Climate Control and Insulation

Proper insulation and climate control are critical for comfort, especially when traveling through areas with extreme temperatures. Look for RVs with efficient heating and cooling systems. Double-paned windows, high-quality insulation, and weatherproof seals can make a significant difference in maintaining a comfortable interior temperature.

Bathroom and Sanitation

A functional bathroom is crucial. Consider the size and layout of the bathroom, and whether it includes a full-size shower, a flushing toilet, and a sink. Also, evaluate the RV’s water storage capacity, hot water system, and waste management system to ensure they meet your needs for extended living.  Remember that RV holding tanks need to be emptied regularly, so this is a consideration you must remember.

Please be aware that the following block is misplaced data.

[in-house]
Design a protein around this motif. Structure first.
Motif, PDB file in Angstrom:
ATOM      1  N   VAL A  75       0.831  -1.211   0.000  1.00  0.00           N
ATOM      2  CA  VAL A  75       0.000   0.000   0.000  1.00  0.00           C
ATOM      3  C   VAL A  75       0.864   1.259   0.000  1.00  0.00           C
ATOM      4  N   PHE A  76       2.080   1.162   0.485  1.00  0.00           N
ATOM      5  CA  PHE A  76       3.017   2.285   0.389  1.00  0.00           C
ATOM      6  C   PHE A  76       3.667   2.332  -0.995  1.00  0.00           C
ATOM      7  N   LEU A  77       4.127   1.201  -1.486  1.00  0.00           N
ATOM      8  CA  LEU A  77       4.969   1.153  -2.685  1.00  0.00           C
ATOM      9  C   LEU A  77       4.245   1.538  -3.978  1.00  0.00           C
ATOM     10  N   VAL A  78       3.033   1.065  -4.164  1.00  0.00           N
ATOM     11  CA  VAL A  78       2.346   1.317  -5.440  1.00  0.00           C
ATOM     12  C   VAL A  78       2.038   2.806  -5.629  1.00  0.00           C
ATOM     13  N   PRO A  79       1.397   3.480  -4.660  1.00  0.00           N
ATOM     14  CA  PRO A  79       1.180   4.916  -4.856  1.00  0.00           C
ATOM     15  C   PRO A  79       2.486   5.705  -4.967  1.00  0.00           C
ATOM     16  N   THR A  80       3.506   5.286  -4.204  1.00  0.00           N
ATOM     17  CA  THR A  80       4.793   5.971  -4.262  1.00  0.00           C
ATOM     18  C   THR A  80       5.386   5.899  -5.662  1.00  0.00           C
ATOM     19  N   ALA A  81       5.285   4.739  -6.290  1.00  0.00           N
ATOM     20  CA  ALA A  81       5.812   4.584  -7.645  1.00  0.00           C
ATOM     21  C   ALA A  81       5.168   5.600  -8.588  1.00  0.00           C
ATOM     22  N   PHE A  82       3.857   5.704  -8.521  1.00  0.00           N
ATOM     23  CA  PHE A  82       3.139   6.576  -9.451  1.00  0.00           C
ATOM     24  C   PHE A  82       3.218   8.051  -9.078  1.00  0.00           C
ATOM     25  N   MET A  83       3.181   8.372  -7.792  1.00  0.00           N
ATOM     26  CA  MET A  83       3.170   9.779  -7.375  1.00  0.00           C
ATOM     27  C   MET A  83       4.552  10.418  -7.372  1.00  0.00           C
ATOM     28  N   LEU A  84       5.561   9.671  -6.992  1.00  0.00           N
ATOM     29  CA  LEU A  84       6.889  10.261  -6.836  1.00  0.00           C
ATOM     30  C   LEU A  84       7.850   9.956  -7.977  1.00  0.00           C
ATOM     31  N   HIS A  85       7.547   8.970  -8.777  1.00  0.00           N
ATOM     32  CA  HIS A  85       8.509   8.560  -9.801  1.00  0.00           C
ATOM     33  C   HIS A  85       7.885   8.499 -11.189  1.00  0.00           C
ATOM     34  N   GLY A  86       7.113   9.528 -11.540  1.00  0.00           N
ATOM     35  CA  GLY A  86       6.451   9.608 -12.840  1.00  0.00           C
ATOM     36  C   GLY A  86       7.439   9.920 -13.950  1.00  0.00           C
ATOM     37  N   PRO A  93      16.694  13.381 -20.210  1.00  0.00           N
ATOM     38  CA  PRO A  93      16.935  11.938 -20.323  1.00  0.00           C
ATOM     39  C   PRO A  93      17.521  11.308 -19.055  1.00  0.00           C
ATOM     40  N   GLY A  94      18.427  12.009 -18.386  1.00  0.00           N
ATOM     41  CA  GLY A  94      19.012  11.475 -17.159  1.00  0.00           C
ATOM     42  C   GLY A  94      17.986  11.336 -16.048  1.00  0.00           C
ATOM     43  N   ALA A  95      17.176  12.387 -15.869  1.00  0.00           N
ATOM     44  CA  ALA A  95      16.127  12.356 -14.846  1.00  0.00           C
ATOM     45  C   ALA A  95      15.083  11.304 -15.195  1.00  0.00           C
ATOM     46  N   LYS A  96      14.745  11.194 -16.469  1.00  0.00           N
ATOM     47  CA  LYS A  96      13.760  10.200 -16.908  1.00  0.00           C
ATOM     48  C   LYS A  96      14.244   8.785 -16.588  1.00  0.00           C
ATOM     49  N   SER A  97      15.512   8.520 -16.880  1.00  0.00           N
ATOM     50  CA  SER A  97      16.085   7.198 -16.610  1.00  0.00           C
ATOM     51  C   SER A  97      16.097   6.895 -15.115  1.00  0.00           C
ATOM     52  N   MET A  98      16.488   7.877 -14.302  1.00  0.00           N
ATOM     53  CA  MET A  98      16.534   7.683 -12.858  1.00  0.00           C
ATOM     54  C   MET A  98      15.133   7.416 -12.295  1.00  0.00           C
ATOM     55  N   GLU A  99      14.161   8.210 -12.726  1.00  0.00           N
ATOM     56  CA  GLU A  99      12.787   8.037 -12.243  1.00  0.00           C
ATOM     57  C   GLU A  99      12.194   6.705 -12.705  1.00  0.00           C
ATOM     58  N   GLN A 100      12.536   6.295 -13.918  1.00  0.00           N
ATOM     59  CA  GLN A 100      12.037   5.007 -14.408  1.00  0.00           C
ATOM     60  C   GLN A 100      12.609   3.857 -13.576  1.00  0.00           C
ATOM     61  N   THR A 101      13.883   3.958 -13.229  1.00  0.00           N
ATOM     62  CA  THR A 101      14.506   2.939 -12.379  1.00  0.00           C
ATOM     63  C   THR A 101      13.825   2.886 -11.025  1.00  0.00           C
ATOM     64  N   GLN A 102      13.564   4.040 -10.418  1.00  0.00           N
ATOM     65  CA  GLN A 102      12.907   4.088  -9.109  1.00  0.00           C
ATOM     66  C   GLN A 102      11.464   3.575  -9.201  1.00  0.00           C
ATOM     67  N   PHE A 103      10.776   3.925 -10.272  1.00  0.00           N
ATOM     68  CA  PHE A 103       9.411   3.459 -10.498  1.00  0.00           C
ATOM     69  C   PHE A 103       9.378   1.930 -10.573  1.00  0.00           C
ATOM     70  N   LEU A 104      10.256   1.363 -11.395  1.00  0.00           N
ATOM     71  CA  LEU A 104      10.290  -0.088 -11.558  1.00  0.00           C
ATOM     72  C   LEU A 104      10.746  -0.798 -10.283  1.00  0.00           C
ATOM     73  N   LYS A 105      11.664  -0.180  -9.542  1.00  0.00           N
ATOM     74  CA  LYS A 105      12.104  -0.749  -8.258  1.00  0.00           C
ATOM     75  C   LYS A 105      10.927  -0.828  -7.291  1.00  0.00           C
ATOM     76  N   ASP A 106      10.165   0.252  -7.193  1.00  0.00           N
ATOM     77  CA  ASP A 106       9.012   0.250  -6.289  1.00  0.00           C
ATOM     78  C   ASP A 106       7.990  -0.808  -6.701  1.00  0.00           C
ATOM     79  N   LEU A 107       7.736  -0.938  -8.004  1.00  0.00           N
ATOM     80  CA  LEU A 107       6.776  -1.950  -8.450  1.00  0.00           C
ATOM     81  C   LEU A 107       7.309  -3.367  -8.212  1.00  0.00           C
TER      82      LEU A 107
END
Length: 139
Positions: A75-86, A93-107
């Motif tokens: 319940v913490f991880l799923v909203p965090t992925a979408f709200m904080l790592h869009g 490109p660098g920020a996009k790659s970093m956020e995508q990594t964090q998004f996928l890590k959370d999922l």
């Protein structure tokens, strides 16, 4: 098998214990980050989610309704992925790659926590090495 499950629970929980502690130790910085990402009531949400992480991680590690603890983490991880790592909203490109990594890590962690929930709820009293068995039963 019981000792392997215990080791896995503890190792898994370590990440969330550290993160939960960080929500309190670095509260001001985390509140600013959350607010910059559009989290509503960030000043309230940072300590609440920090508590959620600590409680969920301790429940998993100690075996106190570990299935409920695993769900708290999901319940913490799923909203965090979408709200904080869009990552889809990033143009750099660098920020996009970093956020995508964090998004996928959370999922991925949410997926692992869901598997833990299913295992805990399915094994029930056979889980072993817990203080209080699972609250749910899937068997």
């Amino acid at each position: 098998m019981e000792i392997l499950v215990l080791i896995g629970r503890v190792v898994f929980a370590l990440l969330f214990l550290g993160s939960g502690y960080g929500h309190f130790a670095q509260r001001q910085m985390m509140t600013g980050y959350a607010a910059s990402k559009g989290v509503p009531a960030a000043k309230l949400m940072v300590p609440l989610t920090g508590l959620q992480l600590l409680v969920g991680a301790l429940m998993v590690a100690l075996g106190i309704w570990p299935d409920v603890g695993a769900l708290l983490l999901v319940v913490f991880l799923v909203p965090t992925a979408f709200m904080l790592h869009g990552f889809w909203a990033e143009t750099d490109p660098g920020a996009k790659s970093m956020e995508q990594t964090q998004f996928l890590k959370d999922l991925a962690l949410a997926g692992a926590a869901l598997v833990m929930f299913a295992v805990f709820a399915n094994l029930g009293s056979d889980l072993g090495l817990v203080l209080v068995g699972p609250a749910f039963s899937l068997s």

Energy Management and Sustainability

For full-time living, efficient energy management is key. Look for RVs with good battery systems, solar panels, and generators. These features will help you stay off-grid longer and reduce your reliance on campsite utilities. LED lighting, energy-efficient appliances, and water-saving fixtures can also contribute to a more sustainable and cost-effective living environment.

Each of these features contributes to the overall comfort, functionality, and sustainability of your RV living experience. When choosing your RV, prioritize these features based on your personal needs and lifestyle to ensure your full-time RV living is as enjoyable and hassle-free as possible.

Navigating Legal and Practical Concerns

Embarking on a full-time RV lifestyle is not just about choosing the right vehicle and packing up; it also involves navigating a range of legal and practical concerns. Being well-informed about these aspects is crucial for a smooth and enjoyable experience.